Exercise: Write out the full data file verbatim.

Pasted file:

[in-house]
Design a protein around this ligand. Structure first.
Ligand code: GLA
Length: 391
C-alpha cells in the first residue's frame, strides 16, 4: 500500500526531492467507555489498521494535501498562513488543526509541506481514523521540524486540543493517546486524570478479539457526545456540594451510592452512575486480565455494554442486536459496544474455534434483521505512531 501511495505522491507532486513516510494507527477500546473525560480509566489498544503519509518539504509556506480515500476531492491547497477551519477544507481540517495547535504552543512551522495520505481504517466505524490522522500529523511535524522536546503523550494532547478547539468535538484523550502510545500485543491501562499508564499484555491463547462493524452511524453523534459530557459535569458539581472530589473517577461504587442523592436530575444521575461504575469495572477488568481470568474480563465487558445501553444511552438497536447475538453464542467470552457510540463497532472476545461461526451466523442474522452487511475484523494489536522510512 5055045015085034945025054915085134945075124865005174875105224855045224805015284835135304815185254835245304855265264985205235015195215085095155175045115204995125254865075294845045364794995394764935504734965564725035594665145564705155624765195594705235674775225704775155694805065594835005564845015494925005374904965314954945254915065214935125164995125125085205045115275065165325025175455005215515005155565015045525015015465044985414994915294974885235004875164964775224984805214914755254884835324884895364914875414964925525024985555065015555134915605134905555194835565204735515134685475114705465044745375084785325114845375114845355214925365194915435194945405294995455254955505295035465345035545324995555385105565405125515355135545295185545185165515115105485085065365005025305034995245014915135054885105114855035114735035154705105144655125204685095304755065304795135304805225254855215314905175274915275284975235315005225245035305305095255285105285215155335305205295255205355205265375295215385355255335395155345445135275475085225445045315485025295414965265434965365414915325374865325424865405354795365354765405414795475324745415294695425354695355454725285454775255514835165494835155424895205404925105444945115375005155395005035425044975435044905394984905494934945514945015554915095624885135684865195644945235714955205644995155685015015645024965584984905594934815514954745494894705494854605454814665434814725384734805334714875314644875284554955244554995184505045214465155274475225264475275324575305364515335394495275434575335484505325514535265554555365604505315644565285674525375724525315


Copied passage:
[in-house]
Design a protein around this ligand. Structure first.
Ligand code: GLA
Length: 391
C-alpha cells in the first residue's frame, strides 16, 4: 500500500526531492467507555489498521494535501498562513488543526509541506481514523521540524486540543493517546486524570478479539457526545456540594451510592452512575486480565455494554442486536459496544474455534434483521505512531 501511495505522491507532486513516510494507527477500546473525560480509566489498544503519509518539504509556506480515500476531492491547497477551519477544507481540517495547535504552543512551522495520505481504517466505524490522522500529523511535524522536546503523550494532547478547539468535538484523550502510545500485543491501562499508564499484555491463547462493524452511524453523534459530557459535569458539581472530589473517577461504587442523592436530575444521575461504575469495572477488568481470568474480563465487558445501553444511552438497536447475538453464542467470552457510540463497532472476545461461526451466523442474522452487511475484523494489536522510512 5055045015085034945025054915085134945075124865005174875105224855045224805015284835135304815185254835245304855265264985205235015195215085095155175045115204995125254865075294845045364794995394764935504734965564725035594665145564705155624765195594705235674775225704775155694805065594835005564845015494925005374904965314954945254915065214935125164995125125085205045115275065165325025175455005215515005155565015045525015015465044985414994915294974885235004875164964775224984805214914755254884835324884895364914875414964925525024985555065015555134915605134905555194835565204735515134685475114705465044745375084785325114845375114845355214925365194915435194945405294995455254955505295035465345035545324995555385105565405125515355135545295185545185165515115105485085065365005025305034995245014915135054885105114855035114735035154705105144655125204685095304755065304795135304805225254855215314905175274915275284975235315005225245035305305095255285105285215155335305205295255205355205265375295215385355255335395155345445135275475085225445045315485025295414965265434965365414915325374865325424865405354795365354765405414795475324745415294695425354695355454725285454775255514835165494835155424895205404925105444945115375005155395005035425044975435044905394984905494934945514945015554915095624885135684865195644945235714955205644995155685015015645024965584984905594934815514954745494894705494854605454814665434814725384734805334714875314644875284554955244554995184505045214465155274475225264475275324575305364515335394495275434575335484505325514535265554555365604505315644565285674525375724525315